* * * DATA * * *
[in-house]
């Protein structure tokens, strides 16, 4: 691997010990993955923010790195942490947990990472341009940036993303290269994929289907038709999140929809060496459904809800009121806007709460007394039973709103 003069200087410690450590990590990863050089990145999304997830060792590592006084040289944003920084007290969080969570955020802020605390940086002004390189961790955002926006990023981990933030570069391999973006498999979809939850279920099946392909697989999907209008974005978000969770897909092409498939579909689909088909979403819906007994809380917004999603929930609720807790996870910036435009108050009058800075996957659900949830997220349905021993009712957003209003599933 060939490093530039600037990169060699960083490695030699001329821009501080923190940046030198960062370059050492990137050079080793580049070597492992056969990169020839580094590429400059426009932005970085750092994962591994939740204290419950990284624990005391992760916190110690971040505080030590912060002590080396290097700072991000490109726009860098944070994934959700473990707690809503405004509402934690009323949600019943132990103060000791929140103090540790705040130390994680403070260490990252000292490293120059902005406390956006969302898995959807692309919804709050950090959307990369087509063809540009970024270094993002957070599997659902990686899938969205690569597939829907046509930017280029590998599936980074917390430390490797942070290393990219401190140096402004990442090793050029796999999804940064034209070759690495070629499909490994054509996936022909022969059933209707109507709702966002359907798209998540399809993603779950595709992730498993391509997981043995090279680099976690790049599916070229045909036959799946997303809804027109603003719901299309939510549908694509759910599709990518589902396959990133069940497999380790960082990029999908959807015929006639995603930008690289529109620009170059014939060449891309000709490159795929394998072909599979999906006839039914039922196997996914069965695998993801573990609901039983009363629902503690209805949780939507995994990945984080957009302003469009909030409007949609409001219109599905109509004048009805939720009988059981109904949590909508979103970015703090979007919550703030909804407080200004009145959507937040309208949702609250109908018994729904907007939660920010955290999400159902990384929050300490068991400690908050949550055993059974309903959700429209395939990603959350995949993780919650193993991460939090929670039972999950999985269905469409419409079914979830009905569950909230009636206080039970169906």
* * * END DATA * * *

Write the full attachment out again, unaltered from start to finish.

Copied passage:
[in-house]
């Protein structure tokens, strides 16, 4: 691997010990993955923010790195942490947990990472341009940036993303290269994929289907038709999140929809060496459904809800009121806007709460007394039973709103 003069200087410690450590990590990863050089990145999304997830060792590592006084040289944003920084007290969080969570955020802020605390940086002004390189961790955002926006990023981990933030570069391999973006498999979809939850279920099946392909697989999907209008974005978000969770897909092409498939579909689909088909979403819906007994809380917004999603929930609720807790996870910036435009108050009058800075996957659900949830997220349905021993009712957003209003599933 060939490093530039600037990169060699960083490695030699001329821009501080923190940046030198960062370059050492990137050079080793580049070597492992056969990169020839580094590429400059426009932005970085750092994962591994939740204290419950990284624990005391992760916190110690971040505080030590912060002590080396290097700072991000490109726009860098944070994934959700473990707690809503405004509402934690009323949600019943132990103060000791929140103090540790705040130390994680403070260490990252000292490293120059902005406390956006969302898995959807692309919804709050950090959307990369087509063809540009970024270094993002957070599997659902990686899938969205690569597939829907046509930017280029590998599936980074917390430390490797942070290393990219401190140096402004990442090793050029796999999804940064034209070759690495070629499909490994054509996936022909022969059933209707109507709702966002359907798209998540399809993603779950595709992730498993391509997981043995090279680099976690790049599916070229045909036959799946997303809804027109603003719901299309939510549908694509759910599709990518589902396959990133069940497999380790960082990029999908959807015929006639995603930008690289529109620009170059014939060449891309000709490159795929394998072909599979999906006839039914039922196997996914069965695998993801573990609901039983009363629902503690209805949780939507995994990945984080957009302003469009909030409007949609409001219109599905109509004048009805939720009988059981109904949590909508979103970015703090979007919550703030909804407080200004009145959507937040309208949702609250109908018994729904907007939660920010955290999400159902990384929050300490068991400690908050949550055993059974309903959700429209395939990603959350995949993780919650193993991460939090929670039972999950999985269905469409419409079914979830009905569950909230009636206080039970169906």